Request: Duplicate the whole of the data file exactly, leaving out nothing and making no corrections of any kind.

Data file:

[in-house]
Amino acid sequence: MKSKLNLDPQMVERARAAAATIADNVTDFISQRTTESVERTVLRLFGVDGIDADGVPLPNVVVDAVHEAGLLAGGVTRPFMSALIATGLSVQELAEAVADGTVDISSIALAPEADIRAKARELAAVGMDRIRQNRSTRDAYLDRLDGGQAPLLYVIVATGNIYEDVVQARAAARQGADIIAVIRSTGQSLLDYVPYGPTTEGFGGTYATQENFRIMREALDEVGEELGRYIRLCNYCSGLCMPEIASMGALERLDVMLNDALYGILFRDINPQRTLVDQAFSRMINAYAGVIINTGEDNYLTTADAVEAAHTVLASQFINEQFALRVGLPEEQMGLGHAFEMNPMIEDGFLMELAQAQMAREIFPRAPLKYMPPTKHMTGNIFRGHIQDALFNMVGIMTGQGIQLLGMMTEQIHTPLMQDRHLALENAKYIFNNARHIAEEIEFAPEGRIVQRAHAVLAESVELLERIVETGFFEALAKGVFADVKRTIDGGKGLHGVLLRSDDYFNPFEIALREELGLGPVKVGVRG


[in-house]
Amino acid sequence: MKSKLNLDPQMVERARAAAATIADNVTDFISQRTTESVERTVLRLFGVDGIDADGVPLPNVVVDAVHEAGLLAGGVTRPFMSALIATGLSVQELAEAVADGTVDISSIALAPEADIRAKARELAAVGMDRIRQNRSTRDAYLDRLDGGQAPLLYVIVATGNIYEDVVQARAAARQGADIIAVIRSTGQSLLDYVPYGPTTEGFGGTYATQENFRIMREALDEVGEELGRYIRLCNYCSGLCMPEIASMGALERLDVMLNDALYGILFRDINPQRTLVDQAFSRMINAYAGVIINTGEDNYLTTADAVEAAHTVLASQFINEQFALRVGLPEEQMGLGHAFEMNPMIEDGFLMELAQAQMAREIFPRAPLKYMPPTKHMTGNIFRGHIQDALFNMVGIMTGQGIQLLGMMTEQIHTPLMQDRHLALENAKYIFNNARHIAEEIEFAPEGRIVQRAHAVLAESVELLERIVETGFFEALAKGVFADVKRTIDGGKGLHGVLLRSDDYFNPFEIALREELGLGPVKVGVRG